Activists and renters describe the mood in Berlin following their city’s historic ruling against exploitative landlords
Earlier this week Berliners backed a campaign to abolish corporate landlords with 3,000 apartments or more, with 56 per cent of voters saying yes to the plans in a referendum. The historic ruling reflects growing frustration and anger in the German capital at extortionate rents, and the use of property as investment rather than a basic human right.
The initiative, Deutsche Wohnen & co Enteignen, was launched in 2018 with the express purpose of reclaiming properties from the country’s largest property owner, Deutsche Wohnen, to create more affordable housing. The overwhelming win for the campaign this week shows that renters do have power in the face of exploitative landlordism, and that collective action is a powerful tool to overcome it.
“Real estate companies are making big profits in Berlin with our rising rents,” says the mission statement on the Deutsche Wohnen & co Enteignen (DWE) website. “We will no longer accept that: We want to go through a referendum to socialise over 240,000 apartments from Deutsche Wohnen, Vonovia, Akelius & Co. Article 15 of the Basic Law creates the possibility for this.”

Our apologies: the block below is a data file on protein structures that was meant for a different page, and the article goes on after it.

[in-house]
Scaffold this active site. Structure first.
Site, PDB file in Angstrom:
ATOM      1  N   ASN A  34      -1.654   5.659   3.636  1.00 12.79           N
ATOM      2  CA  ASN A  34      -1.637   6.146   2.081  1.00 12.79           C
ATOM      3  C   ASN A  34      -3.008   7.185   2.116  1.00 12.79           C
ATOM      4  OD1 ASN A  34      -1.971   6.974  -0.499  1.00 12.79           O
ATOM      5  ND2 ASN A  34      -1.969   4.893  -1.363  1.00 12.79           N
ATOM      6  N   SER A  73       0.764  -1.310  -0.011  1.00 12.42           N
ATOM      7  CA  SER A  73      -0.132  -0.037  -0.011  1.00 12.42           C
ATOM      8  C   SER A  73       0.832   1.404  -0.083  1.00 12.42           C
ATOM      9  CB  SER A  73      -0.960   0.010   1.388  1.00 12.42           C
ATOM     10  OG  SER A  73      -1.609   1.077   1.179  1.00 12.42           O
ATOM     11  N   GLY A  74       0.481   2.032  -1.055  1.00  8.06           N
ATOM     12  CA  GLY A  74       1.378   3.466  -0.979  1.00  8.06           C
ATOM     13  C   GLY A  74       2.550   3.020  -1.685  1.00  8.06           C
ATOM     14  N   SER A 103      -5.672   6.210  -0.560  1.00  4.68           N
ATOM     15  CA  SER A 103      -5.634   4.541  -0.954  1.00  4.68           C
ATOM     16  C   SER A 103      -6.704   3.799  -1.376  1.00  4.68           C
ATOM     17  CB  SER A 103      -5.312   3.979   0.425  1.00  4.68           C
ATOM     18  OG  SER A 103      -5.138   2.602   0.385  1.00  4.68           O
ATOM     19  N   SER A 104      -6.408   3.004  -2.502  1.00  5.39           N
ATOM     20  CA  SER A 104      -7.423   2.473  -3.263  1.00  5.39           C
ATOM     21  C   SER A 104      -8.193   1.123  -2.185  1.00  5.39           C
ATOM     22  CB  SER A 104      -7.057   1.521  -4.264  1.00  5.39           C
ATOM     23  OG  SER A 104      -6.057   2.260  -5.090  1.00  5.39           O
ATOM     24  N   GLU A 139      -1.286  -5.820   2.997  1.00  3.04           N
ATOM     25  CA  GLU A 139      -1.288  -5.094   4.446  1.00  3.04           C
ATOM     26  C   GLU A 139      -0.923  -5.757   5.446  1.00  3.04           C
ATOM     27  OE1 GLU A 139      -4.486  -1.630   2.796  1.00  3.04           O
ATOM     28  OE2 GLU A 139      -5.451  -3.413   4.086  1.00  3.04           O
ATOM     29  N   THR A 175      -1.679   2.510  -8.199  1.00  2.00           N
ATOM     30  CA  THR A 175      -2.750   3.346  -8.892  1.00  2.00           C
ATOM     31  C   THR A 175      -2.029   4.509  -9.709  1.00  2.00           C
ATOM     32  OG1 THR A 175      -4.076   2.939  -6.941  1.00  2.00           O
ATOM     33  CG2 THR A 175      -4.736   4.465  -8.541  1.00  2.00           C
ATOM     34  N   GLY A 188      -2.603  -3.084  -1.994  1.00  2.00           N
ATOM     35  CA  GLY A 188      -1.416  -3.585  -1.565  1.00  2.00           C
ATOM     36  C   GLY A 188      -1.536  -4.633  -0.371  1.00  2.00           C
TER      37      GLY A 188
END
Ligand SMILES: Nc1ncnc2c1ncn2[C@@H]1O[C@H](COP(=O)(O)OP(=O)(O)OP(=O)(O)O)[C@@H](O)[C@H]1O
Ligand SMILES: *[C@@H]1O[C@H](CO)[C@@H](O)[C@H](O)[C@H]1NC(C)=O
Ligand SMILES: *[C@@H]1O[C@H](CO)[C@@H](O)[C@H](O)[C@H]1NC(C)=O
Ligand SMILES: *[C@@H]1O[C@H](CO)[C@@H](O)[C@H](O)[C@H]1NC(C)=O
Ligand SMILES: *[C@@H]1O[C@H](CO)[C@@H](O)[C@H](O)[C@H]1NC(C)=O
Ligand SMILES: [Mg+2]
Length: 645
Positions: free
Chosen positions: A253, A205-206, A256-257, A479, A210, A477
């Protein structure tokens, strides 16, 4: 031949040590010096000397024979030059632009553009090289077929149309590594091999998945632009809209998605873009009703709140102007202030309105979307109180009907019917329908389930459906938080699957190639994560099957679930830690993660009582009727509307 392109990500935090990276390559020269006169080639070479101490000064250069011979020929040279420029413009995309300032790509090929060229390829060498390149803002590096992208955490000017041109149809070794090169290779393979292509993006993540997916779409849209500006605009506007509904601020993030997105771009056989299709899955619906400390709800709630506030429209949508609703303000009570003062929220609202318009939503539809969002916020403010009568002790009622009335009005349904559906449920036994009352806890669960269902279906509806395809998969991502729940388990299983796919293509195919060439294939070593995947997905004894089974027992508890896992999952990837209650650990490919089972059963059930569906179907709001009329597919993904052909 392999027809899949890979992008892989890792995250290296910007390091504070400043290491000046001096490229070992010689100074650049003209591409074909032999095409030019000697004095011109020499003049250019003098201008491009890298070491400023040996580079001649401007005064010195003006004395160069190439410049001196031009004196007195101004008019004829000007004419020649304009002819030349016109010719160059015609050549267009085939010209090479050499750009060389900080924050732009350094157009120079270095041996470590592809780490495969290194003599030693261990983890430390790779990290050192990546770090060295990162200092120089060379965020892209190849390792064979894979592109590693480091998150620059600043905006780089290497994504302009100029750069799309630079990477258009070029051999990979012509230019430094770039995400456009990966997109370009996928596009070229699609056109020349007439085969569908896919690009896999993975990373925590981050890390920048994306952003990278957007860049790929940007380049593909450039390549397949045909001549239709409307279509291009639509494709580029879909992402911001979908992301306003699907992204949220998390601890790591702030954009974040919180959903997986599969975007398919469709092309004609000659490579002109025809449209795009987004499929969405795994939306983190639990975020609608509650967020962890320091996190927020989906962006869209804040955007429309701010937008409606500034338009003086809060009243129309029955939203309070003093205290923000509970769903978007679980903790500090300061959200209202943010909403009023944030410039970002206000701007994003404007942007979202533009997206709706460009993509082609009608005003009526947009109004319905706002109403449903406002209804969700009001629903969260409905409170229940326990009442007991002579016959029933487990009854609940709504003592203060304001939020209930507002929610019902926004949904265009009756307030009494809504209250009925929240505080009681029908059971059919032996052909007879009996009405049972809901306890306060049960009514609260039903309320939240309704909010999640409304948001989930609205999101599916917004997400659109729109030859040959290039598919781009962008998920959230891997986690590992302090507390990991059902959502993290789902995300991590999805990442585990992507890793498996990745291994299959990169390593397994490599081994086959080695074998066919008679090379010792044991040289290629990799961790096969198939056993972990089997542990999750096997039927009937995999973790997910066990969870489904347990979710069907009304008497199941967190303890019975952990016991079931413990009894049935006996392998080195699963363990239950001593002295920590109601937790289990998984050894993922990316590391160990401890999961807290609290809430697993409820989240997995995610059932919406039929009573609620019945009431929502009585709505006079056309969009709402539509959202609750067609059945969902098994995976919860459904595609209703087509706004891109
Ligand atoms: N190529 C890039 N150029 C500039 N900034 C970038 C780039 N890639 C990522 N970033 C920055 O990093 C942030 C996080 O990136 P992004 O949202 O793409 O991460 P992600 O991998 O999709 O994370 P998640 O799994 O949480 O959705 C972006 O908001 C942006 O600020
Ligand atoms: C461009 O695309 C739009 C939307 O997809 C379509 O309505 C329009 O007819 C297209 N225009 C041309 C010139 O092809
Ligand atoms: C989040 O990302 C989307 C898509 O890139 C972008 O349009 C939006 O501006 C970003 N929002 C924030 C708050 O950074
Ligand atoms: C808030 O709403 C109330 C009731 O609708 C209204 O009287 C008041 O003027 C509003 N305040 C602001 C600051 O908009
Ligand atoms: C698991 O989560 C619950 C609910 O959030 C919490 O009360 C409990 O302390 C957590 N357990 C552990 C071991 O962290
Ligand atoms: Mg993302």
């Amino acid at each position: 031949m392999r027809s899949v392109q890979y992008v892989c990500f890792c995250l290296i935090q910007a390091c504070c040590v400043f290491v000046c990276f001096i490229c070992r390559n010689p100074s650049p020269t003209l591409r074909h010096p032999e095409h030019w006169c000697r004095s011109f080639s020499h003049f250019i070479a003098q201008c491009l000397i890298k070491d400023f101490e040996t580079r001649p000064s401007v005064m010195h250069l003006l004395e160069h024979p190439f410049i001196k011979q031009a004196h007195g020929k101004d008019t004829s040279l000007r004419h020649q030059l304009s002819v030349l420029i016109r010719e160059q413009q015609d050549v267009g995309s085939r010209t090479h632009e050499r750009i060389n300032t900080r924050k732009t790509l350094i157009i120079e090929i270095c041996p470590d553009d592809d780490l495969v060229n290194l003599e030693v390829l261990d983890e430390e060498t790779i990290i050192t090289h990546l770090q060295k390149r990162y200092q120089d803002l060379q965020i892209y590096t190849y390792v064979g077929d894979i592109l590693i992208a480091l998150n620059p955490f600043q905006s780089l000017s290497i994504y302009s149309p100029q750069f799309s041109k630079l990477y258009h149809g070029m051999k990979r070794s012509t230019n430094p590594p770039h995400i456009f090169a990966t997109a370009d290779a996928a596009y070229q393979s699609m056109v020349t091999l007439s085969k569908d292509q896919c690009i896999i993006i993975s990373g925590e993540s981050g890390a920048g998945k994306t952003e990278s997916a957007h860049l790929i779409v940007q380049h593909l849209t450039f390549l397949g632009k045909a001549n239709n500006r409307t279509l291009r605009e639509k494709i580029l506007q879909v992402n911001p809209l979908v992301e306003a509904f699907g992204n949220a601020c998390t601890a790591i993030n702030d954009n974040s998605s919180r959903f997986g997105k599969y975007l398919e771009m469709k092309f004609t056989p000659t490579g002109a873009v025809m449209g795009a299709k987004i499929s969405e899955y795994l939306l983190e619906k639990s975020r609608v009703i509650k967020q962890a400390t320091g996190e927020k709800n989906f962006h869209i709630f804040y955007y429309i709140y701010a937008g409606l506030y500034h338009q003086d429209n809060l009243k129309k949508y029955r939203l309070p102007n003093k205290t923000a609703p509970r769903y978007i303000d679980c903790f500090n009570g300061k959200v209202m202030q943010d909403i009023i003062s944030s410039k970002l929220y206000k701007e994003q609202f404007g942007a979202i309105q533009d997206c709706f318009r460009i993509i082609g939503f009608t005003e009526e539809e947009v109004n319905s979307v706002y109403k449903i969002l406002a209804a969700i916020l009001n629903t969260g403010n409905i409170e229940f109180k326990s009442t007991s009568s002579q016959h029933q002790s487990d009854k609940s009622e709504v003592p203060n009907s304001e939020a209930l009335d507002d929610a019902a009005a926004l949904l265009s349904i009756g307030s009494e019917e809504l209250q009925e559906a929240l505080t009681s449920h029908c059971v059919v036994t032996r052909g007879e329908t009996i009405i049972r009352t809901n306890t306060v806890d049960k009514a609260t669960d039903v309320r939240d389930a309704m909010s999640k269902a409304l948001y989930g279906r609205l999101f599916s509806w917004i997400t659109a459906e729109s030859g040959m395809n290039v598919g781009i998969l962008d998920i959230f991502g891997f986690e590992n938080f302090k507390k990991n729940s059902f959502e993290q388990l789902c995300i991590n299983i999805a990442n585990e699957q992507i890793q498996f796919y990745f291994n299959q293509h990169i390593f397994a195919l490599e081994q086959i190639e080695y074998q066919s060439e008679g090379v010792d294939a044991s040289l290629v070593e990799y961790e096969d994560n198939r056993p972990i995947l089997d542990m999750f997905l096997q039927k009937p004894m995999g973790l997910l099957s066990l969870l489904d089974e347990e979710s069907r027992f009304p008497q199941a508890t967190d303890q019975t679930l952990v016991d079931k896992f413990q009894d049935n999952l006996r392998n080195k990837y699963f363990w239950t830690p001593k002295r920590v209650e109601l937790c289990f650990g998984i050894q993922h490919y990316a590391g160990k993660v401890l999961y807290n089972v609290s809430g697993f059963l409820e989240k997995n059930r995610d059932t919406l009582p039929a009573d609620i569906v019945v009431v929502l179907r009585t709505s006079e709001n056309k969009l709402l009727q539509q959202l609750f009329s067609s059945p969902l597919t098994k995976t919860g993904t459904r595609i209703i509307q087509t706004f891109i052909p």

It continues: “With socialisation, we want to remove twelve per cent of Berlin rental apartments from speculation and enable affordable rents in the long term. No more fat dividends for shareholders that have to be paid out of our rents. No more crowding out of people who can no longer afford their apartment.”
The referendum required just a quarter of eligible voters to back the initiative to pass, but the result is not legally binding, and the government has the final say on what action to take. Not carrying out the will of the electorate, however, is not politically viable.
“More people voted for our initiative than any single party in Berlin. We got support from every part of Berlin, and across the political spectrum,” DWE activist and spokesperson, Joanna Kusiak, told the Financial Times when she learned of the significant result.
Is this ruling a sign that power is finally shifting away from exploitative property owners and into the hands of tenants, or is it just a minor disruption to the inevitable flow of capital and wealth towards the ruling class? We spoke to a few Berlin locals, renters, and activists to get a sense of the mood on the ground, and how significant the vote is for them.
DAN, WORKS FOR A RECORD LABEL